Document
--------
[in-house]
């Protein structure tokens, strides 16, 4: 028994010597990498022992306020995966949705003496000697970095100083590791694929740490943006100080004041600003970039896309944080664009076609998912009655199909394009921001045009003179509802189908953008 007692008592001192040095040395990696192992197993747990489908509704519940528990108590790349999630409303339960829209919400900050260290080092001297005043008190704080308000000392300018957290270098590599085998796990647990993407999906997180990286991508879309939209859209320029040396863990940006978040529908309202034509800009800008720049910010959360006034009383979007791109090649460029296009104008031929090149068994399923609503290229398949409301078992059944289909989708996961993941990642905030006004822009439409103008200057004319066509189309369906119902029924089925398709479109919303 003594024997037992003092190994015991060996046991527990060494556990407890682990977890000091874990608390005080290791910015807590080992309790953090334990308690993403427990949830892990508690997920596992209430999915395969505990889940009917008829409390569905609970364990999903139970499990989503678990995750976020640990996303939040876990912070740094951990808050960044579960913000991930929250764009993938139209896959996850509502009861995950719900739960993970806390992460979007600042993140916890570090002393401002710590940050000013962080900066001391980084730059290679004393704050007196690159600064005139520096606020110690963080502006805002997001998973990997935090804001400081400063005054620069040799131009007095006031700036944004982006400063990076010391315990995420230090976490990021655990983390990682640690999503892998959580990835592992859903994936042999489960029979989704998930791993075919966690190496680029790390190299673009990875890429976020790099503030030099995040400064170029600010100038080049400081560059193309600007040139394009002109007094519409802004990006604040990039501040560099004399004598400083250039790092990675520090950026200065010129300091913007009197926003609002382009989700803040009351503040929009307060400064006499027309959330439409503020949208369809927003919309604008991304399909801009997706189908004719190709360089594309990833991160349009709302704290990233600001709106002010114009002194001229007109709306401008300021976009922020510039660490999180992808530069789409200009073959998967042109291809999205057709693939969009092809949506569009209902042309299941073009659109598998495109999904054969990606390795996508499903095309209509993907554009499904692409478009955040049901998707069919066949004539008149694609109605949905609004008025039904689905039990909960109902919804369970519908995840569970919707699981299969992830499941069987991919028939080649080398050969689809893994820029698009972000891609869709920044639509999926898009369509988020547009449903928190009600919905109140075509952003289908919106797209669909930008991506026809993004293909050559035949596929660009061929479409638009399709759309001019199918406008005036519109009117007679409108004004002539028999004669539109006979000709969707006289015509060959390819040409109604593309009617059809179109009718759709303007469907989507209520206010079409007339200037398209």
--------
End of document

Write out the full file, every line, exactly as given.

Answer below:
[in-house]
């Protein structure tokens, strides 16, 4: 028994010597990498022992306020995966949705003496000697970095100083590791694929740490943006100080004041600003970039896309944080664009076609998912009655199909394009921001045009003179509802189908953008 007692008592001192040095040395990696192992197993747990489908509704519940528990108590790349999630409303339960829209919400900050260290080092001297005043008190704080308000000392300018957290270098590599085998796990647990993407999906997180990286991508879309939209859209320029040396863990940006978040529908309202034509800009800008720049910010959360006034009383979007791109090649460029296009104008031929090149068994399923609503290229398949409301078992059944289909989708996961993941990642905030006004822009439409103008200057004319066509189309369906119902029924089925398709479109919303 003594024997037992003092190994015991060996046991527990060494556990407890682990977890000091874990608390005080290791910015807590080992309790953090334990308690993403427990949830892990508690997920596992209430999915395969505990889940009917008829409390569905609970364990999903139970499990989503678990995750976020640990996303939040876990912070740094951990808050960044579960913000991930929250764009993938139209896959996850509502009861995950719900739960993970806390992460979007600042993140916890570090002393401002710590940050000013962080900066001391980084730059290679004393704050007196690159600064005139520096606020110690963080502006805002997001998973990997935090804001400081400063005054620069040799131009007095006031700036944004982006400063990076010391315990995420230090976490990021655990983390990682640690999503892998959580990835592992859903994936042999489960029979989704998930791993075919966690190496680029790390190299673009990875890429976020790099503030030099995040400064170029600010100038080049400081560059193309600007040139394009002109007094519409802004990006604040990039501040560099004399004598400083250039790092990675520090950026200065010129300091913007009197926003609002382009989700803040009351503040929009307060400064006499027309959330439409503020949208369809927003919309604008991304399909801009997706189908004719190709360089594309990833991160349009709302704290990233600001709106002010114009002194001229007109709306401008300021976009922020510039660490999180992808530069789409200009073959998967042109291809999205057709693939969009092809949506569009209902042309299941073009659109598998495109999904054969990606390795996508499903095309209509993907554009499904692409478009955040049901998707069919066949004539008149694609109605949905609004008025039904689905039990909960109902919804369970519908995840569970919707699981299969992830499941069987991919028939080649080398050969689809893994820029698009972000891609869709920044639509999926898009369509988020547009449903928190009600919905109140075509952003289908919106797209669909930008991506026809993004293909050559035949596929660009061929479409638009399709759309001019199918406008005036519109009117007679409108004004002539028999004669539109006979000709969707006289015509060959390819040409109604593309009617059809179109009718759709303007469907989507209520206010079409007339200037398209």